Efendi or Effendi
Designation of the region in the eastern end of the Mediterranean Sea, particularly Lebanon and Syria, but also for Greece, Turkey, Israel, and Egypt. The word comes from French "lever" (English: to rise), and is an equivalent of the Arabic Mashriq; "the country where the sun rises". The introduction of the word in world vocabulary came with the French mandate of Syria and Lebanon, which lasted from 1920 until the mid-1940s. Today there are many Levantines living in Turkey, especially in Izmir and Istanbul.
Sublime Gate (or Porte)
Reforms adopted by the Ottomans from 1839 to 1880 which promised to guarantee the basic rights of all subjects regardless of their religion. Many intellectuals and novelists were matured during this period but still these reforms did not prevent the break-up of the Ottoman Empire.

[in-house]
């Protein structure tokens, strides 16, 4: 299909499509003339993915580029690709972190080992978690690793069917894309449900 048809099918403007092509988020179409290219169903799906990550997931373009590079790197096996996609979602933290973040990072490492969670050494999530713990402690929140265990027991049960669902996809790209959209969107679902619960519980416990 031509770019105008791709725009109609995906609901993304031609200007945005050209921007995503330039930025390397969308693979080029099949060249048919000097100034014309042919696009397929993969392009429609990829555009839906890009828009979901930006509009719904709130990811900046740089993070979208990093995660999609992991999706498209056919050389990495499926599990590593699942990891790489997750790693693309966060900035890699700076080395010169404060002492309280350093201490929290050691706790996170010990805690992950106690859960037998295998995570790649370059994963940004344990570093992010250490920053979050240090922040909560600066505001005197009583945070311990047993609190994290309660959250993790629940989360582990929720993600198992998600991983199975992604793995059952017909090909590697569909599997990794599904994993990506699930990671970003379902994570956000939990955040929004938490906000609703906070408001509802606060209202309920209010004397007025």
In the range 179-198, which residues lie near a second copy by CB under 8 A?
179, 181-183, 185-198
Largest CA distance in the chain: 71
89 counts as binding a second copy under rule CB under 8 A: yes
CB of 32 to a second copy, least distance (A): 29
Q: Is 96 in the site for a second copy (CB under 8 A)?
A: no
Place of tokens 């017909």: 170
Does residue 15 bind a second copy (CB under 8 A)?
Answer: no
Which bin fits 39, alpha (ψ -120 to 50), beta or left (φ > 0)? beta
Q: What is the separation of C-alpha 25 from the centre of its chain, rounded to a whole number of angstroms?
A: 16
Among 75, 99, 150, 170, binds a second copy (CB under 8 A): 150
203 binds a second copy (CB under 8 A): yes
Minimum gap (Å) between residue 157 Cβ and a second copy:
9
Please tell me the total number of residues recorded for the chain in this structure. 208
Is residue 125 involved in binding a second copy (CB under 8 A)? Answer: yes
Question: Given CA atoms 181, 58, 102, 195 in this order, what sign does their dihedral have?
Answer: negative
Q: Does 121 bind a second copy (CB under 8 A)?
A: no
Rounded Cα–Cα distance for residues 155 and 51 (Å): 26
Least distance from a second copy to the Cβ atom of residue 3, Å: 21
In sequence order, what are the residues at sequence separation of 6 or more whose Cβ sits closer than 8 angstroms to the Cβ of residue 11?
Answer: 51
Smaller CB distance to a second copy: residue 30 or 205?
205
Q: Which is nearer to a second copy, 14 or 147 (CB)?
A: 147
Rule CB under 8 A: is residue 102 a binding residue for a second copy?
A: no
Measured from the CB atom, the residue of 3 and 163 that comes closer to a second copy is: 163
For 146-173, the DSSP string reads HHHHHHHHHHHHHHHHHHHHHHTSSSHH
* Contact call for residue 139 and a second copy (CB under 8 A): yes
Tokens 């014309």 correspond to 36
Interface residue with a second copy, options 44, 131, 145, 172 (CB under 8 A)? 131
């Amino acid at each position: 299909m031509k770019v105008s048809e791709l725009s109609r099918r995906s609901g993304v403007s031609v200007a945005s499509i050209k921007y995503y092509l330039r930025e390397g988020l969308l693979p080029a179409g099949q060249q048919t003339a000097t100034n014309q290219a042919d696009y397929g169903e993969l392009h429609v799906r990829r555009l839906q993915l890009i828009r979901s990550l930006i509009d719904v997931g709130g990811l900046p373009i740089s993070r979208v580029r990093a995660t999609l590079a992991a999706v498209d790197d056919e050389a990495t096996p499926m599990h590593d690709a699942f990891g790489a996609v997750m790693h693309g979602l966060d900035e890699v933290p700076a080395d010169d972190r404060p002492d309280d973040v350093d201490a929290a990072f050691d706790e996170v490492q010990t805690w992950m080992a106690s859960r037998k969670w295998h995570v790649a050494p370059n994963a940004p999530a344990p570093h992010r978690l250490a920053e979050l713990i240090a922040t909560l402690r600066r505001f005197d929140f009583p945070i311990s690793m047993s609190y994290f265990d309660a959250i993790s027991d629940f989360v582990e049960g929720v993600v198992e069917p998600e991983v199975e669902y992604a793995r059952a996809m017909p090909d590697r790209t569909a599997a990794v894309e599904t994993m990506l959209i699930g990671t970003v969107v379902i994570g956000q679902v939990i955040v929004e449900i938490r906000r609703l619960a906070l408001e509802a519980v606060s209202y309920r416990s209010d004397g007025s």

Tugra is a monogram which was used as the symbol of sultans during the Ottoman period. This was a calligraphic writing bearing the name of the reigning sultan on his seal. This emblem was stamped on all official documents, orders of the sultan, coins minted during his reign, on the buildings built by him, and so on. Each sultan had his personal Tugra, and they all look a like but they were all different in name. Tugra became a part of the traditional Turkish Islamic art.
Vizier - Grand vizier
Minister of the sultan and member of the imperial council. Vizier was the highest rank in the military/administrative hierarchy of the Ottoman Empire; the chief minister (like a prime minister of our days) was the Grand Vizier. At various times in history, the Grand (First) Vizier was often given full deputy powers by the sultan over the Empire. And under a weak or incompetent sultan, the Grand Vizier ruled the Empire.